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Analysis by mutagenesis of a chromosomal integron integrase from Shewanella amazonensis SB2BT.

ABSTRACT: Integrons are mobile genetic elements that can integrate and disseminate genes as cassettes by a site-specific recombination mechanism. Integrons contain an integrase gene (intI) that carries out recombination by interacting with two different target sites; the attI site in cis with the integrase and the palindromic attC site of a cassette. The plasmid-specified IntI1 excises a greater variety of cassettes (principally antibiotic resistance genes), and has greater activity, than chromosomal integrases. The aim of this study was to analyze the capacity of the chromosomal integron integrase SamIntIA of the environmental bacterium Shewanella amazonensis SB2BT to excise various cassettes and to compare the properties of the wild type with those of mutants that substitute consensus residues of active integron integrases. We show that the SamIntIA integrase is very weakly active in the excision of various cassettes but that the V206R, V206K, and V206H substitutions increase its efficiency for the excision of cassettes. Our results also suggest that the cysteine residue in the beta-5 strand is essential to the activity of Shewanella-type integrases, while the cysteine in the beta-4 strand is less important for the excision activity.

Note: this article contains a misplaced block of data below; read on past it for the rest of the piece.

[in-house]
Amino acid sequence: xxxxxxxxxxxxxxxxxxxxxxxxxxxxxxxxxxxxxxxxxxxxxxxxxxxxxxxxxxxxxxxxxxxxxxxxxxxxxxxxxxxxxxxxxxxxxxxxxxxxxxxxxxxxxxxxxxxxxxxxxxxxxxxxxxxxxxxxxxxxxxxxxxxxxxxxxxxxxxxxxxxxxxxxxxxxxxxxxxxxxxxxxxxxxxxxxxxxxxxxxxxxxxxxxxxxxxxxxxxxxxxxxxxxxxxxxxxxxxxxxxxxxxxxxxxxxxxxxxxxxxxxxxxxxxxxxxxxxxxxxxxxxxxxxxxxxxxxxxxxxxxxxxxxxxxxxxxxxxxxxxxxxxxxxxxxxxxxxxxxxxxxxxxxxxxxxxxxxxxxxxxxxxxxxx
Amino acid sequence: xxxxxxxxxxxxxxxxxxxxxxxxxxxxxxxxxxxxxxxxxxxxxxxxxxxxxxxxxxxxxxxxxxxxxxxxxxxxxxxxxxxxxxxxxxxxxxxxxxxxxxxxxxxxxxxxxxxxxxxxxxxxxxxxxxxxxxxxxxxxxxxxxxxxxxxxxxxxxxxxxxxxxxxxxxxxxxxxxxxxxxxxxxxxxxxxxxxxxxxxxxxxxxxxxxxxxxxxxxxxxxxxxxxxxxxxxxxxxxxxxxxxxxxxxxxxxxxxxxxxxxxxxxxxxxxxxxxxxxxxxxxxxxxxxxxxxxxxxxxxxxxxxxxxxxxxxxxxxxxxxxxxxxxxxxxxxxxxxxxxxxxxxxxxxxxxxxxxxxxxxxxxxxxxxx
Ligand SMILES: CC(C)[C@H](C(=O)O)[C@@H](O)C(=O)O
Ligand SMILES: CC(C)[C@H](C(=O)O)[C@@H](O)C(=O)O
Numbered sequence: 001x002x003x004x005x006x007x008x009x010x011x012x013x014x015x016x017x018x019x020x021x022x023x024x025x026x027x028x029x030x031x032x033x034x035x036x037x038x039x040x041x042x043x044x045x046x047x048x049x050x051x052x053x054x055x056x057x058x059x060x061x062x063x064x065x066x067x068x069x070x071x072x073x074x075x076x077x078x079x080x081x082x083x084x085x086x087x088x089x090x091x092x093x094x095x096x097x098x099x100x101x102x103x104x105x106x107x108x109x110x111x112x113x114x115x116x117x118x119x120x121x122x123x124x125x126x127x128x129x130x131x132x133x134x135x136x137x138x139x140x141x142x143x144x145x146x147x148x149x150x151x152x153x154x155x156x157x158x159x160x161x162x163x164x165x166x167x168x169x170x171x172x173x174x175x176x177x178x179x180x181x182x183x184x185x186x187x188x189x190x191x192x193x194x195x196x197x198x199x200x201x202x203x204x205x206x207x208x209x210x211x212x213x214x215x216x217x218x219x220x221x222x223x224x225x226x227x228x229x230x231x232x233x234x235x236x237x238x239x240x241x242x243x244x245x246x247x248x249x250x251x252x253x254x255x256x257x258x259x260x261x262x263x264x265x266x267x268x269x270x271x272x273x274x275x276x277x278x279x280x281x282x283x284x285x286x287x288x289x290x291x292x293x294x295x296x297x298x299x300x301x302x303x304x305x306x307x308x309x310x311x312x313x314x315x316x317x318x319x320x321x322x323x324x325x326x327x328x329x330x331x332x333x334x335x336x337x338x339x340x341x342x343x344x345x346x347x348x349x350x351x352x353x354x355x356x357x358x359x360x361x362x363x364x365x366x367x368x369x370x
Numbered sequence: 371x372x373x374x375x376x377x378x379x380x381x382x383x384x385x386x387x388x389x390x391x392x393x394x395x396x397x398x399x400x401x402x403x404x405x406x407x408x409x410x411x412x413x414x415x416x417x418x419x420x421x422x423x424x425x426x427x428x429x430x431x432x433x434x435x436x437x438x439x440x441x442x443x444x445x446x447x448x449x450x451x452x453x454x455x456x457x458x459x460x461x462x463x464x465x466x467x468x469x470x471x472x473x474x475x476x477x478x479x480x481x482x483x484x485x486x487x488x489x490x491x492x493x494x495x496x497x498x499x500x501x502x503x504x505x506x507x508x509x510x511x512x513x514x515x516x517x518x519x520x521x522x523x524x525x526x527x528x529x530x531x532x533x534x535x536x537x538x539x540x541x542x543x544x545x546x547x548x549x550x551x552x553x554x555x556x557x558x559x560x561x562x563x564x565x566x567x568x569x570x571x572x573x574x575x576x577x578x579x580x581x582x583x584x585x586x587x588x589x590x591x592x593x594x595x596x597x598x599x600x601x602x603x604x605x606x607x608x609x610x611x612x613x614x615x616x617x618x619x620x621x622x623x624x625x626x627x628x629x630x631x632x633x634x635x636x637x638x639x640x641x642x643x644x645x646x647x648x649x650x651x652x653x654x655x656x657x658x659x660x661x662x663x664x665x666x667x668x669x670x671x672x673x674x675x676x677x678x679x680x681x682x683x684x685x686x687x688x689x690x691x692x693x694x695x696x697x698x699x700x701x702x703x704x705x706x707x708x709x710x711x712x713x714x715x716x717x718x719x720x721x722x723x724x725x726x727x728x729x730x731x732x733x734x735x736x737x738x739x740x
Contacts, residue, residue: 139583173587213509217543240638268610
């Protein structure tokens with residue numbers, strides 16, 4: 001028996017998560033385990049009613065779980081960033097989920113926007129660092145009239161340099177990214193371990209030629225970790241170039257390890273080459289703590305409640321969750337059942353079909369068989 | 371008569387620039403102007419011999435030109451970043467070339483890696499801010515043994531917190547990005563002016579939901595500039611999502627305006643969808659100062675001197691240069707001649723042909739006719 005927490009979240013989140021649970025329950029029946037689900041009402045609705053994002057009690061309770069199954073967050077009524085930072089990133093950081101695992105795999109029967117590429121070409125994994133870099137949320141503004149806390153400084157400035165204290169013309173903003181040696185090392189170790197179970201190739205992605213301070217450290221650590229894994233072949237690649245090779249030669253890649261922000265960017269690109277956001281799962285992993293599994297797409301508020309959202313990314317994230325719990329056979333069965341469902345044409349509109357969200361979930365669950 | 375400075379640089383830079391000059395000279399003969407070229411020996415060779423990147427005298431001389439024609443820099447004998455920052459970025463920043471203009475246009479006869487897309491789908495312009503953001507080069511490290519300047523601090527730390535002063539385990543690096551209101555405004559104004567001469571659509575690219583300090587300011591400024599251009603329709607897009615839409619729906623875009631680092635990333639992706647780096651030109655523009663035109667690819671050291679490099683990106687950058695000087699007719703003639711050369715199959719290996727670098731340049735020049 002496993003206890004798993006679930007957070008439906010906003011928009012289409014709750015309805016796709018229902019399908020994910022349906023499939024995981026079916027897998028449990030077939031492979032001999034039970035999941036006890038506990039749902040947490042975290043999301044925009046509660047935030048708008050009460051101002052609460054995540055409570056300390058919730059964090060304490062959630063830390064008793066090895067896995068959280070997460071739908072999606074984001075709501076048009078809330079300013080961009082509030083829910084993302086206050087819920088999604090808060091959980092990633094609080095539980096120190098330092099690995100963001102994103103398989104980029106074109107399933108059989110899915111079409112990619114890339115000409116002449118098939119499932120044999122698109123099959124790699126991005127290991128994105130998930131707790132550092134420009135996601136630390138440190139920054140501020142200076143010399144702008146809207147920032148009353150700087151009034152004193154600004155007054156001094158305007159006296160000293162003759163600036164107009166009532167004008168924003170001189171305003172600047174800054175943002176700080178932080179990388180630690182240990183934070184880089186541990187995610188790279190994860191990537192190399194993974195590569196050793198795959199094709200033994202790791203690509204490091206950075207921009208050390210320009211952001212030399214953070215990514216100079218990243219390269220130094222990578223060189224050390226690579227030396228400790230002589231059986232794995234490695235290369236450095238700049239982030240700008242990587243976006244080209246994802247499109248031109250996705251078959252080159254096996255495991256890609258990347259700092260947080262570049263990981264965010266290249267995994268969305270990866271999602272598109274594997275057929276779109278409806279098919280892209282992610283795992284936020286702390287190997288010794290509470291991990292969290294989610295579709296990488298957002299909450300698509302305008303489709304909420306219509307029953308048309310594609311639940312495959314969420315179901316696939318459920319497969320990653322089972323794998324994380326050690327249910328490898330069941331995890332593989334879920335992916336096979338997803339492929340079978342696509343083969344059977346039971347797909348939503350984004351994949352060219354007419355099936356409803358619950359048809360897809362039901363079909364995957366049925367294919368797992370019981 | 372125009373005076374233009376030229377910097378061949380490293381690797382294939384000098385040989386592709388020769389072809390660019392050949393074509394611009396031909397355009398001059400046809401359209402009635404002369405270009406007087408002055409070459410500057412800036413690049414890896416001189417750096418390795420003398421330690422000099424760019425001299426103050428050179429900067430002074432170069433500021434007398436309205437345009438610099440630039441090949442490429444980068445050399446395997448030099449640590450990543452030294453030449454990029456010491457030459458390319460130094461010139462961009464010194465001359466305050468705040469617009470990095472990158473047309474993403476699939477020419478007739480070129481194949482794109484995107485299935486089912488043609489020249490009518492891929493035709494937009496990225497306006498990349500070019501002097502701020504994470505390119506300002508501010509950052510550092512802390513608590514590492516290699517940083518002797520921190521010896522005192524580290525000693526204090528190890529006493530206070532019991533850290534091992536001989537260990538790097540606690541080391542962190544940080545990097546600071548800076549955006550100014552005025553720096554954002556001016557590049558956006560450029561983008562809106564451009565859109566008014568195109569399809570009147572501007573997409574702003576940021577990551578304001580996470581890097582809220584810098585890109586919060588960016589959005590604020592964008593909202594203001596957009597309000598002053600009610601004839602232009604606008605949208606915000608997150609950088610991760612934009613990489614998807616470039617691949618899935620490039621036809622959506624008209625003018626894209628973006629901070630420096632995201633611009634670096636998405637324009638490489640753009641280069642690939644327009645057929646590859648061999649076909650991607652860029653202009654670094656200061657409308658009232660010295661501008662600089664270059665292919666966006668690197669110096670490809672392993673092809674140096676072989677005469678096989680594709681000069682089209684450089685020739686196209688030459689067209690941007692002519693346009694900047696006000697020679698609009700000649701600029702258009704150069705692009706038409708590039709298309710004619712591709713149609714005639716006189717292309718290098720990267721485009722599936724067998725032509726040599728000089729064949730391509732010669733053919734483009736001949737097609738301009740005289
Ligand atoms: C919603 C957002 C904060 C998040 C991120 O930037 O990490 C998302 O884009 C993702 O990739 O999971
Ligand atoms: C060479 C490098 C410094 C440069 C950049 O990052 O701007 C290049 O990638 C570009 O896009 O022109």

SUBMITTER: Larouche A 

PROVIDER: S-EPMC2648364 | BioStudies | 2009-01-01

REPOSITORIES: biostudies

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